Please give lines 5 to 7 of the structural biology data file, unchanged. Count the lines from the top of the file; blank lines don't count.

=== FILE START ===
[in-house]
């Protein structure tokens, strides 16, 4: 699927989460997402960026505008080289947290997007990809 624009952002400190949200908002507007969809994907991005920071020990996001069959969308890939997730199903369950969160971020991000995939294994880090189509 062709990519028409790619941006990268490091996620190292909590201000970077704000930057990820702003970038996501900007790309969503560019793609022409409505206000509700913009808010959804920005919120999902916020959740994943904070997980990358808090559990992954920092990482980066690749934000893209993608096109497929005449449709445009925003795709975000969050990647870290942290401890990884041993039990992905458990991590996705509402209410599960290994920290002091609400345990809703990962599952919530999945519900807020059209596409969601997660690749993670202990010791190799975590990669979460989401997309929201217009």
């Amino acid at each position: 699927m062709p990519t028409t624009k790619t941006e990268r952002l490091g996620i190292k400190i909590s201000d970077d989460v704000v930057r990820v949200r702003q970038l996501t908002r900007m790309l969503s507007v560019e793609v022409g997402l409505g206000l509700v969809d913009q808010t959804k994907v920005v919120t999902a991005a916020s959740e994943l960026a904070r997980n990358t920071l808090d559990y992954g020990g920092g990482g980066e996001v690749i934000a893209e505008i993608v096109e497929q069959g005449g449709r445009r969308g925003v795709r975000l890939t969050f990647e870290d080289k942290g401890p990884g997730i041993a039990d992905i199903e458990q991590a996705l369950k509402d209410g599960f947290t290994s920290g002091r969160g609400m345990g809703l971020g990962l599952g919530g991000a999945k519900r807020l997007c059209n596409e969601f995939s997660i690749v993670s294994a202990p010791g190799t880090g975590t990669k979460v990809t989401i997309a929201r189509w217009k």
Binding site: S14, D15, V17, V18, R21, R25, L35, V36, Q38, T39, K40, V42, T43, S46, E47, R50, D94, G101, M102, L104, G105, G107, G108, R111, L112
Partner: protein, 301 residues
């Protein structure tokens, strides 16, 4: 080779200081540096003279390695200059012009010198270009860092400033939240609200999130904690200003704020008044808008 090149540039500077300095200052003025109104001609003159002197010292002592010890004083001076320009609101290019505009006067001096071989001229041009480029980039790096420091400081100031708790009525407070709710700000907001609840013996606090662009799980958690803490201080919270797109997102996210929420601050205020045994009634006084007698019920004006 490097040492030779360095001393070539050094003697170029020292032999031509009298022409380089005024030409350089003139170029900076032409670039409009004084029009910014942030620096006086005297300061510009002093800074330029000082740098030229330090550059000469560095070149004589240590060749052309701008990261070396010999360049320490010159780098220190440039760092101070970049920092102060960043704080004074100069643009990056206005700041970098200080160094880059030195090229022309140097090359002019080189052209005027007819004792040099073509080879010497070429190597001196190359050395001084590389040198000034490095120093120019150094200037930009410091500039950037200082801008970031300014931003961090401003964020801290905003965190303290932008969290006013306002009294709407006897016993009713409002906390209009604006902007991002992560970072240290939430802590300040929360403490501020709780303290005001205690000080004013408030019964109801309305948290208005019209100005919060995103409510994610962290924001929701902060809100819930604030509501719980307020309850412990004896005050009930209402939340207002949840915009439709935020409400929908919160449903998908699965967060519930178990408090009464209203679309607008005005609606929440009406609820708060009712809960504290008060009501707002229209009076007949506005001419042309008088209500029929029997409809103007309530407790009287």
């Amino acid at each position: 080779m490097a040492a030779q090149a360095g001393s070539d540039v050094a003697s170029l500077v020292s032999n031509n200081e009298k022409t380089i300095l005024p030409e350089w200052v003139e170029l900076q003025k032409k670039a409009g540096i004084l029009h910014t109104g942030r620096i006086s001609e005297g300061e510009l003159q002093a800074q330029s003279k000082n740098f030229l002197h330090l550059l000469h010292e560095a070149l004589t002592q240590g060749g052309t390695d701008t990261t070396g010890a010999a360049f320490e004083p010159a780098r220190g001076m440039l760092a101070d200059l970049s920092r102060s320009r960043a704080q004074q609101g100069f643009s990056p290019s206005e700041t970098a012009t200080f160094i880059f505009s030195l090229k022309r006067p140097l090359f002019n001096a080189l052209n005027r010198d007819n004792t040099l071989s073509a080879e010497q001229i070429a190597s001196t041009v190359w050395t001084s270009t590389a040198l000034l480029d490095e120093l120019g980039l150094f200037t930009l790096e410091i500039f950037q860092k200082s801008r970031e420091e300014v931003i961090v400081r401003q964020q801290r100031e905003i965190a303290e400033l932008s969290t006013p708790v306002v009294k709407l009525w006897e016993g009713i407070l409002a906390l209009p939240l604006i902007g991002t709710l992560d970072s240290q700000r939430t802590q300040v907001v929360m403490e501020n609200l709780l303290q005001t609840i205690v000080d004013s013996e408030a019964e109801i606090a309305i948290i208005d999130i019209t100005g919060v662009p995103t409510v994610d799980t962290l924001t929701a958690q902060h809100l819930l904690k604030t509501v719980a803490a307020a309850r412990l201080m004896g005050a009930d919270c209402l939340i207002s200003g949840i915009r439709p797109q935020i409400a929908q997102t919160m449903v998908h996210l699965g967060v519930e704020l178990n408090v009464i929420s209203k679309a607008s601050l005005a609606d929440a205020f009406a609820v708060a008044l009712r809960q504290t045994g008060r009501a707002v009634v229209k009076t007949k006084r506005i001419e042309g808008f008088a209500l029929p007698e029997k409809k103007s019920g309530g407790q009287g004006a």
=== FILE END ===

Partner: protein, 301 residues
């Protein structure tokens, strides 16, 4: 080779200081540096003279390695200059012009010198270009860092400033939240609200999130904690200003704020008044808008 090149540039500077300095200052003025109104001609003159002197010292002592010890004083001076320009609101290019505009006067001096071989001229041009480029980039790096420091400081100031708790009525407070709710700000907001609840013996606090662009799980958690803490201080919270797109997102996210929420601050205020045994009634006084007698019920004006 490097040492030779360095001393070539050094003697170029020292032999031509009298022409380089005024030409350089003139170029900076032409670039409009004084029009910014942030620096006086005297300061510009002093800074330029000082740098030229330090550059000469560095070149004589240590060749052309701008990261070396010999360049320490010159780098220190440039760092101070970049920092102060960043704080004074100069643009990056206005700041970098200080160094880059030195090229022309140097090359002019080189052209005027007819004792040099073509080879010497070429190597001196190359050395001084590389040198000034490095120093120019150094200037930009410091500039950037200082801008970031300014931003961090401003964020801290905003965190303290932008969290006013306002009294709407006897016993009713409002906390209009604006902007991002992560970072240290939430802590300040929360403490501020709780303290005001205690000080004013408030019964109801309305948290208005019209100005919060995103409510994610962290924001929701902060809100819930604030509501719980307020309850412990004896005050009930209402939340207002949840915009439709935020409400929908919160449903998908699965967060519930178990408090009464209203679309607008005005609606929440009406609820708060009712809960504290008060009501707002229209009076007949506005001419042309008088209500029929029997409809103007309530407790009287």
């Amino acid at each position: 080779m490097a040492a030779q090149a360095g001393s070539d540039v050094a003697s170029l500077v020292s032999n031509n200081e009298k022409t380089i300095l005024p030409e350089w200052v003139e170029l900076q003025k032409k670039a409009g540096i004084l029009h910014t109104g942030r620096i006086s001609e005297g300061e510009l003159q002093a800074q330029s003279k000082n740098f030229l002197h330090l550059l000469h010292e560095a070149l004589t002592q240590g060749g052309t390695d701008t990261t070396g010890a010999a360049f320490e004083p010159a780098r220190g001076m440039l760092a101070d200059l970049s920092r102060s320009r960043a704080q004074q609101g100069f643009s990056p290019s206005e700041t970098a012009t200080f160094i880059f505009s030195l090229k022309r006067p140097l090359f002019n001096a080189l052209n005027r010198d007819n004792t040099l071989s073509a080879e010497q001229i070429a190597s001196t041009v190359w050395t001084s270009t590389a040198l000034l480029d490095e120093l120019g980039l150094f200037t930009l790096e410091i500039f950037q860092k200082s801008r970031e420091e300014v931003i961090v400081r401003q964020q801290r100031e905003i965190a303290e400033l932008s969290t006013p708790v306002v009294k709407l009525w006897e016993g009713i407070l409002a906390l209009p939240l604006i902007g991002t709710l992560d970072s240290q700000r939430t802590q300040v907001v929360m403490e501020n609200l709780l303290q005001t609840i205690v000080d004013s013996e408030a019964e109801i606090a309305i948290i208005d999130i019209t100005g919060v662009p995103t409510v994610d799980t962290l924001t929701a958690q902060h809100l819930l904690k604030t509501v719980a803490a307020a309850r412990l201080m004896g005050a009930d919270c209402l939340i207002s200003g949840i915009r439709p797109q935020i409400a929908q997102t919160m449903v998908h996210l699965g967060v519930e704020l178990n408090v009464i929420s209203k679309a607008s601050l005005a609606d929440a205020f009406a609820v708060a008044l009712r809960q504290t045994g008060r009501a707002v009634v229209k009076t007949k006084r506005i001419e042309g808008f008088a209500l029929p007698e029997k409809k103007s019920g309530g407790q009287g004006a």